Talks with EU-IMF to restructure borrowings
SEEN & HEARD:The Government is in talks with EU and IMF on a new “out-of-court” system to allow small firms to restructure their borrowings, according to the Sunday Business Post.
The paper reports that the Minister for Finance met the chief executives of the three main Irish banks last week to tell them they must resolve the issue of SME debt in a more efficient manner than the banks had dealt with mortgage arrears.
Legislation was recently announced by the Government that will allow struggling SMEs to use the Circuit Court for the examinership process, instead of the more expensive High Court. However, the paper reports that the IMF believes the Government can go further.
Irish banks will step up their asset disposals and sell €4 billion in loan portfolios this year as private equity and other institutional buyers seek bargain, according to PwC. The Sunday Times reports that half of that total will be accounted for by two Lloyds Bank portfolio sales that have already been announced and will be finalised shortly. PwC predicts banks will sell off about €15 billion in European commercial property loans this year.
The private equity backers of global transport group Syncreon are poised to share a windfall of up to €75 million following a refinancing deal on the bond markets. The Sunday Independent reports that this involved an issue of $100 million in bonds, the majority of which is to be used to fund a distribution to shareholders and vested management option holders.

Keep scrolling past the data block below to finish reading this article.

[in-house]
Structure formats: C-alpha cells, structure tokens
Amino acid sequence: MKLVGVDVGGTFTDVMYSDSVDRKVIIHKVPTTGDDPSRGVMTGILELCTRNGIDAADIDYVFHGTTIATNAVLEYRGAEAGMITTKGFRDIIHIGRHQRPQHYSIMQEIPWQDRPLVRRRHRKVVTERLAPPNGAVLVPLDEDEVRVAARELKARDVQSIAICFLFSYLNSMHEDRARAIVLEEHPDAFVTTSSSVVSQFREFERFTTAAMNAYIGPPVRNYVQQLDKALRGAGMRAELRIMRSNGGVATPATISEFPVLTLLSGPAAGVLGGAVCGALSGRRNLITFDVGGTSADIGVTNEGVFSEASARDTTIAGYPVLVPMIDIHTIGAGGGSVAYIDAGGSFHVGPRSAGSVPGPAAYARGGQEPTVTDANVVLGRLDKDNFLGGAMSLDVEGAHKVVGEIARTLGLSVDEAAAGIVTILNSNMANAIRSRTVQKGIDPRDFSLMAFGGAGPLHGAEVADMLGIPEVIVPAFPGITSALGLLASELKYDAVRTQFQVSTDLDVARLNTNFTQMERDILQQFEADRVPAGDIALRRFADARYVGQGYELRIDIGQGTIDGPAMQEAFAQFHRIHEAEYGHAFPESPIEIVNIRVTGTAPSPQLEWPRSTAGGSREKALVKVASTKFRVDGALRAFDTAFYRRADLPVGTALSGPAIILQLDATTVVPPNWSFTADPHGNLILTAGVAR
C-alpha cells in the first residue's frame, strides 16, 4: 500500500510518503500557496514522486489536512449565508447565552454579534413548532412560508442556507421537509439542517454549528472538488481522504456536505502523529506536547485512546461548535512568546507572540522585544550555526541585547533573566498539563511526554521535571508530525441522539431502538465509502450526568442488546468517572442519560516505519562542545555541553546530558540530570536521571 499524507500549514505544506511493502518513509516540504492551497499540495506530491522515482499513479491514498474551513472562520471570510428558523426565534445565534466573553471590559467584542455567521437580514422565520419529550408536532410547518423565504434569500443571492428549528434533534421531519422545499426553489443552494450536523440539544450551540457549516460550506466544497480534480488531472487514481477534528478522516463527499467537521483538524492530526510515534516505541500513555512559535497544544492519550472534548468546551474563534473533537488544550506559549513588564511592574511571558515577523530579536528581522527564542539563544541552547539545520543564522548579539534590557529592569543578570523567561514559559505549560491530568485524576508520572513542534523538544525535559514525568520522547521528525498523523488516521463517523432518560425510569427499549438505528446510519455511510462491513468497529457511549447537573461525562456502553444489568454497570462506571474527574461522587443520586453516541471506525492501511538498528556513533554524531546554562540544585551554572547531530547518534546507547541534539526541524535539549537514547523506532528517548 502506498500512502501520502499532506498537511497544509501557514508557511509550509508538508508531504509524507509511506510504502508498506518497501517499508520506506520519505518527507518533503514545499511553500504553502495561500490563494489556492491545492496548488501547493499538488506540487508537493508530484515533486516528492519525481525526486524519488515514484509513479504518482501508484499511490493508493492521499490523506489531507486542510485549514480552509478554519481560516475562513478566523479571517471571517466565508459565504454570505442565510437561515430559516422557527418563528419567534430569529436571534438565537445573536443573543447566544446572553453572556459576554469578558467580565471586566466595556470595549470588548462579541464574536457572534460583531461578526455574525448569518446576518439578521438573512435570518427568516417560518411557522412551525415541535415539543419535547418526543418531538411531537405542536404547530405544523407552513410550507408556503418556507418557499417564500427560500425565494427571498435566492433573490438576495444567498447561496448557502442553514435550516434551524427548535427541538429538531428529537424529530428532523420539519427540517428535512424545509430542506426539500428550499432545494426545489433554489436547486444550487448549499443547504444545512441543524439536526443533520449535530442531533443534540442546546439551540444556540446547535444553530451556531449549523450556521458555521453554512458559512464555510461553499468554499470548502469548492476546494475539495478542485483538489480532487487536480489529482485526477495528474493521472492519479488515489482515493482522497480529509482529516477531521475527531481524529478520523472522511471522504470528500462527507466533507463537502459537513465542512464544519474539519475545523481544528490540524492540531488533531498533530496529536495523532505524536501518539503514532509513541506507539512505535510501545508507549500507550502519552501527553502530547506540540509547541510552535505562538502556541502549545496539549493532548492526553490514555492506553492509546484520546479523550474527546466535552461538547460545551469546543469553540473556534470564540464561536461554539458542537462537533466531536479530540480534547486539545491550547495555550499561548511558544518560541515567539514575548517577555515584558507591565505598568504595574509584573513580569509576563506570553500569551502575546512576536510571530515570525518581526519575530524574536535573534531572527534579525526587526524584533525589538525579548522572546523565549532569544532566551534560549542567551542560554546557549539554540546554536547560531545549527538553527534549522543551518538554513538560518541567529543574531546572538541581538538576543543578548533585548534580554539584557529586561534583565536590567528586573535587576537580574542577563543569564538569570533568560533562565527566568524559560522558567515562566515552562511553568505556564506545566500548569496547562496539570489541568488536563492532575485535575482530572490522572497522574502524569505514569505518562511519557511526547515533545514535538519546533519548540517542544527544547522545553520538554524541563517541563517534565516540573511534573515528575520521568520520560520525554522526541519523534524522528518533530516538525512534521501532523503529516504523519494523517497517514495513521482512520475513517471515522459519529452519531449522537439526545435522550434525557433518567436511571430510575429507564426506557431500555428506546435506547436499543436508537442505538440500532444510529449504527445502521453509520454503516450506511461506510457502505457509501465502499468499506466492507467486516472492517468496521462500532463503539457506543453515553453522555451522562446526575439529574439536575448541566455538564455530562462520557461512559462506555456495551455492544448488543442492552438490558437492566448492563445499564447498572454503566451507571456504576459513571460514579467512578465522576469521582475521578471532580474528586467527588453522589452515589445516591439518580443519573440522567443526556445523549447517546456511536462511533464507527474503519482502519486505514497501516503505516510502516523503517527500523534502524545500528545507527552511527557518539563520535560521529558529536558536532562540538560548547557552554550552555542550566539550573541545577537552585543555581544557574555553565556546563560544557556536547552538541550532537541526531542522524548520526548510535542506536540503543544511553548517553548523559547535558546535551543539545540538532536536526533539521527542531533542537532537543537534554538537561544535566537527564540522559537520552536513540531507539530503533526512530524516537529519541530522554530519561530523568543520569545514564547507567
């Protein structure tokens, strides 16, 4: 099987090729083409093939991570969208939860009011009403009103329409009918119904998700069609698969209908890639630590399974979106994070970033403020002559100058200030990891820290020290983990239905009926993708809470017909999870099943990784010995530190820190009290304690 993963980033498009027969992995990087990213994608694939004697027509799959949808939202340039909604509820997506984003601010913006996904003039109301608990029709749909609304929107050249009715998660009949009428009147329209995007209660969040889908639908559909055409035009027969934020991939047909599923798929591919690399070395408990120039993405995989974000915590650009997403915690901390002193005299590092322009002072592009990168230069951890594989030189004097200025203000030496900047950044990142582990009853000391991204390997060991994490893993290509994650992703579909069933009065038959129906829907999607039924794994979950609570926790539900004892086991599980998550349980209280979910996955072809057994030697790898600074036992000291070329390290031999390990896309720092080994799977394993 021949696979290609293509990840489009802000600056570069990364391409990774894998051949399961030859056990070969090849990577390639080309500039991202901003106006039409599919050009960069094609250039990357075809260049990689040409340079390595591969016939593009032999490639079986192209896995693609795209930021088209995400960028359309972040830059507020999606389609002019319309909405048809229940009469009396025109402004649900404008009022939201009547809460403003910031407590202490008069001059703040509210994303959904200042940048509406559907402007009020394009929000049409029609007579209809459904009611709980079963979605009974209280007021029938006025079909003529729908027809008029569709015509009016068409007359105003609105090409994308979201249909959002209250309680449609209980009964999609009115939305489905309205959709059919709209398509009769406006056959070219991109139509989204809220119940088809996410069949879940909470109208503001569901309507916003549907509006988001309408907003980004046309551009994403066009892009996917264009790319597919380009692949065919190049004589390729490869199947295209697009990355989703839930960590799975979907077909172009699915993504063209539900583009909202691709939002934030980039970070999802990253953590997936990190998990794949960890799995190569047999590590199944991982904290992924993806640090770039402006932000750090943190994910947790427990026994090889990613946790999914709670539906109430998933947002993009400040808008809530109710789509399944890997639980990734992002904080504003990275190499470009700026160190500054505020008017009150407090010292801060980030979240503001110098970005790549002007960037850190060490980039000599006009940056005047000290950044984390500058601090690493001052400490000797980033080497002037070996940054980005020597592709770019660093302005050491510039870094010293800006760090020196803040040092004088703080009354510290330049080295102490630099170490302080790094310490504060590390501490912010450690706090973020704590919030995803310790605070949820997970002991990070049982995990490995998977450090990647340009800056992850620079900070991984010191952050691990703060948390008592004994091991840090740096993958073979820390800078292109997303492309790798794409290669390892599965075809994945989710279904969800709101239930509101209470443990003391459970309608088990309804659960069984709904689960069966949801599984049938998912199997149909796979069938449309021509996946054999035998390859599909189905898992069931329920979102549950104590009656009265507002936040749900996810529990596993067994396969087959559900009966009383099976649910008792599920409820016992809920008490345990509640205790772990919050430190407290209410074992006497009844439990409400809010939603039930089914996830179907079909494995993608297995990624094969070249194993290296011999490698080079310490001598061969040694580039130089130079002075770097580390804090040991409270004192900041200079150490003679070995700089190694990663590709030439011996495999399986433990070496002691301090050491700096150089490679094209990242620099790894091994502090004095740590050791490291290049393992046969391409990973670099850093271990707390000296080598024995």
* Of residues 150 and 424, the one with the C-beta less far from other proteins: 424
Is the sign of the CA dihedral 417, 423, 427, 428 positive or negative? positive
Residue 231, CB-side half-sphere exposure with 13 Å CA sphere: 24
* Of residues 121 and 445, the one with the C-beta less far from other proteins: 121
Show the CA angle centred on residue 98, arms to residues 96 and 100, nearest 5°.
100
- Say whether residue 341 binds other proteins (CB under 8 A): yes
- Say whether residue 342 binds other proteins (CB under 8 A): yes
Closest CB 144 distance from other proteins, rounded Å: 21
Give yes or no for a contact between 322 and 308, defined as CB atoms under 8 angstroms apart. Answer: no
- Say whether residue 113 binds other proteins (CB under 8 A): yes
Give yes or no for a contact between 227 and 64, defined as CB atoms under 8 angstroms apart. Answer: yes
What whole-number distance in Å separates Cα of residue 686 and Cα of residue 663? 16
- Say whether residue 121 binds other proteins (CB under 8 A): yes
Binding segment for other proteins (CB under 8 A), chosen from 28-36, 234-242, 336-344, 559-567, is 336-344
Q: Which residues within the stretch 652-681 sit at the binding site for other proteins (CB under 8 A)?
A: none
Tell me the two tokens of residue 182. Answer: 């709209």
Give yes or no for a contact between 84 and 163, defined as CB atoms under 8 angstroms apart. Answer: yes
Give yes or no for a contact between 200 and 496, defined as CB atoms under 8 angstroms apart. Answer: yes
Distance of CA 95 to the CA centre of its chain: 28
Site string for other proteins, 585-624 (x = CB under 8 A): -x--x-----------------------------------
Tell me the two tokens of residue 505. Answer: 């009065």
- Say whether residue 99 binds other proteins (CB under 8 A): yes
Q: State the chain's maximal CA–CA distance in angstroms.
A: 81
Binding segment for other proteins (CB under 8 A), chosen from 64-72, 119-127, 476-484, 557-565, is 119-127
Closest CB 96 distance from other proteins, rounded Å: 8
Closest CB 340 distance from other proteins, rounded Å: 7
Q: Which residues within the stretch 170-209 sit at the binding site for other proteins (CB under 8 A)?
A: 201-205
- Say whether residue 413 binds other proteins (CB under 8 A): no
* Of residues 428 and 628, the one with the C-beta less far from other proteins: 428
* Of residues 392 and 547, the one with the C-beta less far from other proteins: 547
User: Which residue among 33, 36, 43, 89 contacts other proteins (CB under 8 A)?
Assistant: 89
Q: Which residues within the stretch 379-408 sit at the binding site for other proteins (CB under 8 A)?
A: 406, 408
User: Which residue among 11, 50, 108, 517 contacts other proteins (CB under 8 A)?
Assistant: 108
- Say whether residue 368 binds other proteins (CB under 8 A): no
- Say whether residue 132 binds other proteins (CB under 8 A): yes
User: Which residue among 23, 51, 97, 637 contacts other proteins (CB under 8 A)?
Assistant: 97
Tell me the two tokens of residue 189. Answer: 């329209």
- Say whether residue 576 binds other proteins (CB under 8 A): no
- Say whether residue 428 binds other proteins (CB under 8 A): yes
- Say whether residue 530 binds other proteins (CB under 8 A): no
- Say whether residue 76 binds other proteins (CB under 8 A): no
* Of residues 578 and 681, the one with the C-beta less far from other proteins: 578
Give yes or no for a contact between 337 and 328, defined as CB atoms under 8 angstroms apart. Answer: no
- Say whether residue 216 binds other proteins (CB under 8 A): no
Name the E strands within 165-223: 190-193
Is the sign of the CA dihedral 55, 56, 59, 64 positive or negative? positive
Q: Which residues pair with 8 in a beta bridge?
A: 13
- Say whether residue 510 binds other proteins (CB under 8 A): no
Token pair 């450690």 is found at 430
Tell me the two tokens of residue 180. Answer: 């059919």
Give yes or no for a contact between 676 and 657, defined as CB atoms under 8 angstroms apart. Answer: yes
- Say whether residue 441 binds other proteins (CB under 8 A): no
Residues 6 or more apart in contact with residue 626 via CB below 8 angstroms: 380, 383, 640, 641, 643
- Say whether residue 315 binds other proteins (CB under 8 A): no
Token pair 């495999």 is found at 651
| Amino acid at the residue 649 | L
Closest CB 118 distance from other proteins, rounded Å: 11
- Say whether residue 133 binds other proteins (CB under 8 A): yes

The Dublin Airport Authority has been fined €100,000 over long delays being experienced by passengers passing through security checks at Terminal One, the Sunday Business Post reports. The Commission for Aviation Regulation (CAR) fine relates to one day last September, when passengers had to queue for 32 minutes to present their boarding cards at the security area.
Rogue trader sacked
Lloyds Banking Group has fired a “rogue trader” after the state-backed lender uncovered a scheme designed to inflate the bonus of the executive working in its investment banking arm. The Sunday Telegraph reports that the “irregular” trades were discovered in 2011 in a portfolio of complex financial products that have lost Lloyds, which is 41 per cent owned by the taxpayer, £37 million in the past two years.
Franck Kornmann, the head of hybrid foreign exchange and interest rate trading, was dismissed by Lloyds last February. Another member of staff has also been sacked.